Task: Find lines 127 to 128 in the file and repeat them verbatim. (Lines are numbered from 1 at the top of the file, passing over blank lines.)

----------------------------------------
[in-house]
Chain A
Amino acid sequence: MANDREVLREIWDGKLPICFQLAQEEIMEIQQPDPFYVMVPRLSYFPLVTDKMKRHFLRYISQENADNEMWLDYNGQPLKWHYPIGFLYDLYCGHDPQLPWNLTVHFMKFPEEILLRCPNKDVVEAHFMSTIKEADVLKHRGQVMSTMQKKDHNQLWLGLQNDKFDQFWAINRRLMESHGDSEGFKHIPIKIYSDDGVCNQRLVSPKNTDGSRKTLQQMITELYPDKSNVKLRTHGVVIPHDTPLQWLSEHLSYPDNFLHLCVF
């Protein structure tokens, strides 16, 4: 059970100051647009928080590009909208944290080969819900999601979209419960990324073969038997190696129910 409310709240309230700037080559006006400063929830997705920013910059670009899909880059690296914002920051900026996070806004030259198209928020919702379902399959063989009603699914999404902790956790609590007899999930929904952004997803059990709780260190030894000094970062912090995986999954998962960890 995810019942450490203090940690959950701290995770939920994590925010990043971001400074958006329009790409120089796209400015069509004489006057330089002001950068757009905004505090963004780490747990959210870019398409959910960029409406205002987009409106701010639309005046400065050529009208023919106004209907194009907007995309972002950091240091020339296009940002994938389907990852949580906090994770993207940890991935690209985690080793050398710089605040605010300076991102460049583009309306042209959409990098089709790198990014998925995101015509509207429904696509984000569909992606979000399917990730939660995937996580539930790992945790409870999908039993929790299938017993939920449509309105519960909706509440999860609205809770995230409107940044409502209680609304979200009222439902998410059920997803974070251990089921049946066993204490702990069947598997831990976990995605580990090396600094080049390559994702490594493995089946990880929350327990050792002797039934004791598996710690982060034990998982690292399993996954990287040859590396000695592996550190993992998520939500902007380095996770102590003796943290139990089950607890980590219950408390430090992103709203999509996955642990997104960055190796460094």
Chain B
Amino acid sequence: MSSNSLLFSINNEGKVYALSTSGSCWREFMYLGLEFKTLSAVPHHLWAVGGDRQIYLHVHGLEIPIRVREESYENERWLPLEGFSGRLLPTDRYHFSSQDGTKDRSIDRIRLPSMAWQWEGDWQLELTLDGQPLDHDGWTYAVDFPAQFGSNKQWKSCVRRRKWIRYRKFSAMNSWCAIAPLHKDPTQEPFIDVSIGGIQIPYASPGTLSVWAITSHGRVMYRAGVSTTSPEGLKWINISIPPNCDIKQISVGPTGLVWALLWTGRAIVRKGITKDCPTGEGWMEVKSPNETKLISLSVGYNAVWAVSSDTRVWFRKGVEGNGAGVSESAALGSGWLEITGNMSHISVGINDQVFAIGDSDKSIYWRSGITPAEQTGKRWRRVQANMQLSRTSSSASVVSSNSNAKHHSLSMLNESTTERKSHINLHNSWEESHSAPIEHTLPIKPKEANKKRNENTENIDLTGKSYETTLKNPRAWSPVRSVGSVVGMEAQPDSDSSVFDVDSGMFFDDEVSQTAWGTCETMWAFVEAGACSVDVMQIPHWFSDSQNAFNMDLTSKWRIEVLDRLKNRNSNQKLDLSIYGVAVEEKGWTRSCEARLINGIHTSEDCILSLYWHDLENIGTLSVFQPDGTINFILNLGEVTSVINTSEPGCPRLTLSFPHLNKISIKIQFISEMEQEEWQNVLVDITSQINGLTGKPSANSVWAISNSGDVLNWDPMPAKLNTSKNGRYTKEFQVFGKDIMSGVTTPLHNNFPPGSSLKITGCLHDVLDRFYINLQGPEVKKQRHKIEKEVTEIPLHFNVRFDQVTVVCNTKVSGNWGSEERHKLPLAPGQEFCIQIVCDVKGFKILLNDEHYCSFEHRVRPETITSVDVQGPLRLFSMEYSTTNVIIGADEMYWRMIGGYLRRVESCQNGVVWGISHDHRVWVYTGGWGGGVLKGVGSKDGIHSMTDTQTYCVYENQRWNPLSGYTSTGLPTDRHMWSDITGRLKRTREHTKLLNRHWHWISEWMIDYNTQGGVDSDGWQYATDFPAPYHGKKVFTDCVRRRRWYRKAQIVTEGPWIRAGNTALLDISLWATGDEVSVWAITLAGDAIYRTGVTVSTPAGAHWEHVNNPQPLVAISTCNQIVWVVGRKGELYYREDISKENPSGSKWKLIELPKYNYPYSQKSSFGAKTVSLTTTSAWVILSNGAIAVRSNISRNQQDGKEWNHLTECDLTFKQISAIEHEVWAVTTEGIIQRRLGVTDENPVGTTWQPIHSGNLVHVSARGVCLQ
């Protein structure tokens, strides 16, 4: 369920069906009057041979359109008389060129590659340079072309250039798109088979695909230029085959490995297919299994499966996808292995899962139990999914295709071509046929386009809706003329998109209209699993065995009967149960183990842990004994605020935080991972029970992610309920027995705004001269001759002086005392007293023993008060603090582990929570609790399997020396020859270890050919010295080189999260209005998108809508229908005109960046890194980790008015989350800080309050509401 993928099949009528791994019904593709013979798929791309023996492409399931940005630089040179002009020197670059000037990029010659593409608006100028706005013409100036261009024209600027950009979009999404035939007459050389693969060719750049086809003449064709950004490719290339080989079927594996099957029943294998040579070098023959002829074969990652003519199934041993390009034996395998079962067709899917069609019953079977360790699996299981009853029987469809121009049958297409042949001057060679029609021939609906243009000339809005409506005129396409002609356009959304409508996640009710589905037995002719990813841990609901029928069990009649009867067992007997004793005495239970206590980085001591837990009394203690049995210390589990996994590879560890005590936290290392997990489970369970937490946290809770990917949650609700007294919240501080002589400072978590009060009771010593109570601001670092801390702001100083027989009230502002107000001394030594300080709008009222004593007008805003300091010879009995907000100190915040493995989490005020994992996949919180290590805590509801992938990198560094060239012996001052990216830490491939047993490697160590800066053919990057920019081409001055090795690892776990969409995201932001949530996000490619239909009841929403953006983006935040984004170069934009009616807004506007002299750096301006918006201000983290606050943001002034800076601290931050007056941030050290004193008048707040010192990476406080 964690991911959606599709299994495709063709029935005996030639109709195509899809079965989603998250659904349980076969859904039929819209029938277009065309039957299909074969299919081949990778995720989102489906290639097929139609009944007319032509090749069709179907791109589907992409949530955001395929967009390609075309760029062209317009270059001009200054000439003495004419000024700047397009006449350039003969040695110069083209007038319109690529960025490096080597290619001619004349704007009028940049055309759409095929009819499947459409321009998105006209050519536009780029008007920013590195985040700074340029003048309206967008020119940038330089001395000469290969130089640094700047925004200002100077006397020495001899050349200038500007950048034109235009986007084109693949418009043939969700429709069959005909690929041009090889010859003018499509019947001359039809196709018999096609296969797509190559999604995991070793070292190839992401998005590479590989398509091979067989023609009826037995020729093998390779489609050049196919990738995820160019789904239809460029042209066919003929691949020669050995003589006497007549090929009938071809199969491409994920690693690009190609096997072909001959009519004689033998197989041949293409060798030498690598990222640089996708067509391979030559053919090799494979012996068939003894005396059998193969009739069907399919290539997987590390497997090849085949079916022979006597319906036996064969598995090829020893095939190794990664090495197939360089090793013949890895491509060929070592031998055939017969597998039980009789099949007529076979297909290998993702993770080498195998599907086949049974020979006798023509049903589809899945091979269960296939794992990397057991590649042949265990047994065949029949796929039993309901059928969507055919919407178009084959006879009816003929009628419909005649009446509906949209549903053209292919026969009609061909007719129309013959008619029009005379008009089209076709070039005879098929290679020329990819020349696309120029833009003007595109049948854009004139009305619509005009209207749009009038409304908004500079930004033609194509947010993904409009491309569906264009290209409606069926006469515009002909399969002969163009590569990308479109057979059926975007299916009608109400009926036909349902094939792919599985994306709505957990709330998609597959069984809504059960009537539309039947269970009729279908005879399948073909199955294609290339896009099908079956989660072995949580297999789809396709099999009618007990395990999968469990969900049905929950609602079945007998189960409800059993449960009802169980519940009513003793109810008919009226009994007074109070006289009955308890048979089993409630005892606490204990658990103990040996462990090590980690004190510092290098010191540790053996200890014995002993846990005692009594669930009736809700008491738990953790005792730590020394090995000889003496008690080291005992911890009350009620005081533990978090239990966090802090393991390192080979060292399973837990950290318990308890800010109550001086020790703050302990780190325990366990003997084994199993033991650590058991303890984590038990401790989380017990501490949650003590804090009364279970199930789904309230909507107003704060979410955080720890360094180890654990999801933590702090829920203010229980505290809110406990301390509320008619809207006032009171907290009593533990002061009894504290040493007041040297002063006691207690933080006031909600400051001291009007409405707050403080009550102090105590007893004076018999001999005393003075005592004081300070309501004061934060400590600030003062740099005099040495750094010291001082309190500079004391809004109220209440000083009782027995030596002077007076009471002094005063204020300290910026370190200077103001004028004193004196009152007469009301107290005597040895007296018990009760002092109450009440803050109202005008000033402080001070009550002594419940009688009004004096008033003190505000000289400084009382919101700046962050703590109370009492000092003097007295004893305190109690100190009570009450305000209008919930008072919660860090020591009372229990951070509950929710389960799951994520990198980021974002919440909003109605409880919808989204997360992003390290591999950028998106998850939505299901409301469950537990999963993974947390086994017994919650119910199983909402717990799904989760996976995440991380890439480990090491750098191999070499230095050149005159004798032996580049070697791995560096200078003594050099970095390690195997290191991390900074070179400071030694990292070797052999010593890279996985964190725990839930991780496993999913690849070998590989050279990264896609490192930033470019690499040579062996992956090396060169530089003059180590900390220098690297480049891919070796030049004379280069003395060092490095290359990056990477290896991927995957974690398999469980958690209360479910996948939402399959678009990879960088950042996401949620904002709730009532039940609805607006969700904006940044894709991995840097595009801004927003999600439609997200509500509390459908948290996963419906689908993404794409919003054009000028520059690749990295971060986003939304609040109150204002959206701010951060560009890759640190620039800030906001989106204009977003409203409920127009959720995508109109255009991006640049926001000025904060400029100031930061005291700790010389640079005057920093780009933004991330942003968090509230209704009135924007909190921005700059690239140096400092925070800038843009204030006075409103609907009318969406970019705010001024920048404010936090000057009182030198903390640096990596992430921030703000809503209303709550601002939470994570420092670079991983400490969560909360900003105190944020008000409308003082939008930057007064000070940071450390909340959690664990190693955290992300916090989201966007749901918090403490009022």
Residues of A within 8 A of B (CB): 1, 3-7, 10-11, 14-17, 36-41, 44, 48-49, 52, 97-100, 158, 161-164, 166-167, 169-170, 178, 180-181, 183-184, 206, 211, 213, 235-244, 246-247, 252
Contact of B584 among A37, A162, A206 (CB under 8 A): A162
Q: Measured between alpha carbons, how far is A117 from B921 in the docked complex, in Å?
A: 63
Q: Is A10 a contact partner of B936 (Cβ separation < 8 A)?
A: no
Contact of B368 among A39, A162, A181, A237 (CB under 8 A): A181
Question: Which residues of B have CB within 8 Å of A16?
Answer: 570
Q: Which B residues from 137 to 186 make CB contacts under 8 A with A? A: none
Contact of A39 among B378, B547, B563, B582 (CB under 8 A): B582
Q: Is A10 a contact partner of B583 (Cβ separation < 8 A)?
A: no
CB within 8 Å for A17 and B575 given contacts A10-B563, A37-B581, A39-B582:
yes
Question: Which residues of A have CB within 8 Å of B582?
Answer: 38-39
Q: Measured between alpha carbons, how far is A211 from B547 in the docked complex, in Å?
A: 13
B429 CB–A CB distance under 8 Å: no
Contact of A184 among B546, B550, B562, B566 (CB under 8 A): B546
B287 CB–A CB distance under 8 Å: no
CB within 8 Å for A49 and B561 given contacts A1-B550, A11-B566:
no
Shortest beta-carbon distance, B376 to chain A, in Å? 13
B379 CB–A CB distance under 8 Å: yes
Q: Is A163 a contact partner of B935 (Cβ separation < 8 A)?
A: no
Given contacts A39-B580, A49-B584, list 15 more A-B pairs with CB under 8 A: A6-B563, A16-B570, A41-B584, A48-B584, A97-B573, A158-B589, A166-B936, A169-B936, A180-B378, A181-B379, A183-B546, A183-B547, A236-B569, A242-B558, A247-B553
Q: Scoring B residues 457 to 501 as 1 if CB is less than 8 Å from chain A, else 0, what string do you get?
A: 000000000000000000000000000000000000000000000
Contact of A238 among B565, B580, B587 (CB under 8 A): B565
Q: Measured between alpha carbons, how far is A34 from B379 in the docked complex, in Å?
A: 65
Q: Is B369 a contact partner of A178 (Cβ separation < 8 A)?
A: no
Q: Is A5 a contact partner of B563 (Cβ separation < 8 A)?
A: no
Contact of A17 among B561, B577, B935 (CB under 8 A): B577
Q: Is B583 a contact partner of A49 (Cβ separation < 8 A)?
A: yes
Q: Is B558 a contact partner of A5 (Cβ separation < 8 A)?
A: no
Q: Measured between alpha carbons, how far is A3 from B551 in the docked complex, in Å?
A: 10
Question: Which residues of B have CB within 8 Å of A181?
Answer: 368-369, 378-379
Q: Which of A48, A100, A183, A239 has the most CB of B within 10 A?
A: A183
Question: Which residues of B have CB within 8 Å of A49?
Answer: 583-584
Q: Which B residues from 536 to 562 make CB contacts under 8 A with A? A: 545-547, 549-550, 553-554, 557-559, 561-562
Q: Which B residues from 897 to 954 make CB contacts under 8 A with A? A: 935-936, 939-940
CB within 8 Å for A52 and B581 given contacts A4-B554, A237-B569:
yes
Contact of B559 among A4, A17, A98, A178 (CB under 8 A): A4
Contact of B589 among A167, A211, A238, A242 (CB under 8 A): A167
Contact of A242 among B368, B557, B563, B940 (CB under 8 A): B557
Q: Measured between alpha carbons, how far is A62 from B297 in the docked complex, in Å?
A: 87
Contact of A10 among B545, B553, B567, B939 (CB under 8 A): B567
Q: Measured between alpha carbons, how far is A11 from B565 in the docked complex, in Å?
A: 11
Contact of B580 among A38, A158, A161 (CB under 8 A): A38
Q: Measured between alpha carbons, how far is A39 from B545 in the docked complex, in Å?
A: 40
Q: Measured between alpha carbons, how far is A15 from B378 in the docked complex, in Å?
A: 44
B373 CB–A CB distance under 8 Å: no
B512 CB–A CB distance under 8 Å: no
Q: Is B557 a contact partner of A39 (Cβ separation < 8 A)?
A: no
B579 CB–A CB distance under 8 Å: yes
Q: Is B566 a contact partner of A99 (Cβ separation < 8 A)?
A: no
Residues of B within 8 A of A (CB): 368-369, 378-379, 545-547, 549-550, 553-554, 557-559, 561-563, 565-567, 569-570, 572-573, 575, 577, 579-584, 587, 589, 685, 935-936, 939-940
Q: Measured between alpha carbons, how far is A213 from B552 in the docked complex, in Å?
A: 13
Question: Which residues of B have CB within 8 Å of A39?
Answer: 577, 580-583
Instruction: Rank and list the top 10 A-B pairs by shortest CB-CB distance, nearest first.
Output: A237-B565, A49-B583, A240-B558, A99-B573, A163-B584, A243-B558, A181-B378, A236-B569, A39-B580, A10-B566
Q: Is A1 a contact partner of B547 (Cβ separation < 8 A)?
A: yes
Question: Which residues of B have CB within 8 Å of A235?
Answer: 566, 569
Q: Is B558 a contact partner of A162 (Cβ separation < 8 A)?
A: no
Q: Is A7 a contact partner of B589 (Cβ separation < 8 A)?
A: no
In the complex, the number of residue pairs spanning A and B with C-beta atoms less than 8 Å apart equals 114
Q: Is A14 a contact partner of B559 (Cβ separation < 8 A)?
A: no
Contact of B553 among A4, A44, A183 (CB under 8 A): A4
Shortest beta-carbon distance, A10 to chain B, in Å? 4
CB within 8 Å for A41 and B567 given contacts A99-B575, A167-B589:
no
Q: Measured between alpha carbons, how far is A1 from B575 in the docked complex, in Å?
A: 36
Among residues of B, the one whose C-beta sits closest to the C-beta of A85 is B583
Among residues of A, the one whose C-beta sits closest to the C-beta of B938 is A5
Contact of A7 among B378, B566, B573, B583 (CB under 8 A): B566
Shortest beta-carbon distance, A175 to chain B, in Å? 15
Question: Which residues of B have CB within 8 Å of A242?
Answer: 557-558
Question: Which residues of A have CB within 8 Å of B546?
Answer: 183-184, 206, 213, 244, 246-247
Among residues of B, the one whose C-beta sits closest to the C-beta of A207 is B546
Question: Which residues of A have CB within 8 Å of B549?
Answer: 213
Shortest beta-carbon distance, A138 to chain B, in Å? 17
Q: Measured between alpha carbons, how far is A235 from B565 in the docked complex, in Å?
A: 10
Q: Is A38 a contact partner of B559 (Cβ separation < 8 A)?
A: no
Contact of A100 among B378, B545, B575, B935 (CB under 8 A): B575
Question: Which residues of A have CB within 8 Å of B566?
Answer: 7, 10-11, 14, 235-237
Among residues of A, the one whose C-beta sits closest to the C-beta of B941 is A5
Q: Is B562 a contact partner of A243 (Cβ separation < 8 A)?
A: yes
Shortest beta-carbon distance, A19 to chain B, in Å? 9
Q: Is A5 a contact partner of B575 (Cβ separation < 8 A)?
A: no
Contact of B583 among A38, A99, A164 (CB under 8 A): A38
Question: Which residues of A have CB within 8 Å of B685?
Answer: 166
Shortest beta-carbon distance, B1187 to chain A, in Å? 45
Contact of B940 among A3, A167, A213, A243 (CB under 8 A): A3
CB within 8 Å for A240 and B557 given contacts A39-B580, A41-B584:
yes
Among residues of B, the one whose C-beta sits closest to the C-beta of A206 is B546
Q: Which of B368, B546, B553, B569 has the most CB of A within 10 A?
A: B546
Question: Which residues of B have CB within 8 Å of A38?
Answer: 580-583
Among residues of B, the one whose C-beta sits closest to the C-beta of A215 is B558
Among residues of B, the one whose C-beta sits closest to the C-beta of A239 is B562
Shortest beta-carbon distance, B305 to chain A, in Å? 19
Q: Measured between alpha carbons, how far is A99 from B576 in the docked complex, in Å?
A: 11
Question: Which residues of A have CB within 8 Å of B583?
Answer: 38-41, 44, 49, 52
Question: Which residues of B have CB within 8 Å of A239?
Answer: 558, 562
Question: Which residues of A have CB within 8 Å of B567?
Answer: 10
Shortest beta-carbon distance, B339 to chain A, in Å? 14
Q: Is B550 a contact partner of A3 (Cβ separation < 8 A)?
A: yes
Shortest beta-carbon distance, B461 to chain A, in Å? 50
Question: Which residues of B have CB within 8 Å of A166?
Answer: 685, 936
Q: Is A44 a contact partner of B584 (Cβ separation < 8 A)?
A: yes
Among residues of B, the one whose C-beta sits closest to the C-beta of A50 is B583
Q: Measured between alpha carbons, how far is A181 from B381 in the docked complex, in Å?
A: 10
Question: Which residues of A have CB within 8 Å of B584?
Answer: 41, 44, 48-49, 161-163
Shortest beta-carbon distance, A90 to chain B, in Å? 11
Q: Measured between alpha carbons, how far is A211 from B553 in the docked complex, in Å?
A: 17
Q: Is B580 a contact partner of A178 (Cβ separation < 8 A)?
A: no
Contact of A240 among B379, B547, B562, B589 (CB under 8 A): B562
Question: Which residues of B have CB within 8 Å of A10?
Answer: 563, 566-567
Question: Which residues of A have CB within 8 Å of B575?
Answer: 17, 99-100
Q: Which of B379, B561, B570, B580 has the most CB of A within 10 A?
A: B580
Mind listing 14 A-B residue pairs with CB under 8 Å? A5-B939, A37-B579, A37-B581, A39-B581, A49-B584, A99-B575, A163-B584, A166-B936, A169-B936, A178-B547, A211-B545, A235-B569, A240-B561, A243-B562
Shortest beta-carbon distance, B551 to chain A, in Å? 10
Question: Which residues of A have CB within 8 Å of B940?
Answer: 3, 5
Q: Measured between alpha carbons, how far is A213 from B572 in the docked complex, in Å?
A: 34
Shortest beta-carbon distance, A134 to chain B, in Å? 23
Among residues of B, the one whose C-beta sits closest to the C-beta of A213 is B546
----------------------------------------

Q: Is B562 a contact partner of A243 (Cβ separation < 8 A)?
A: yes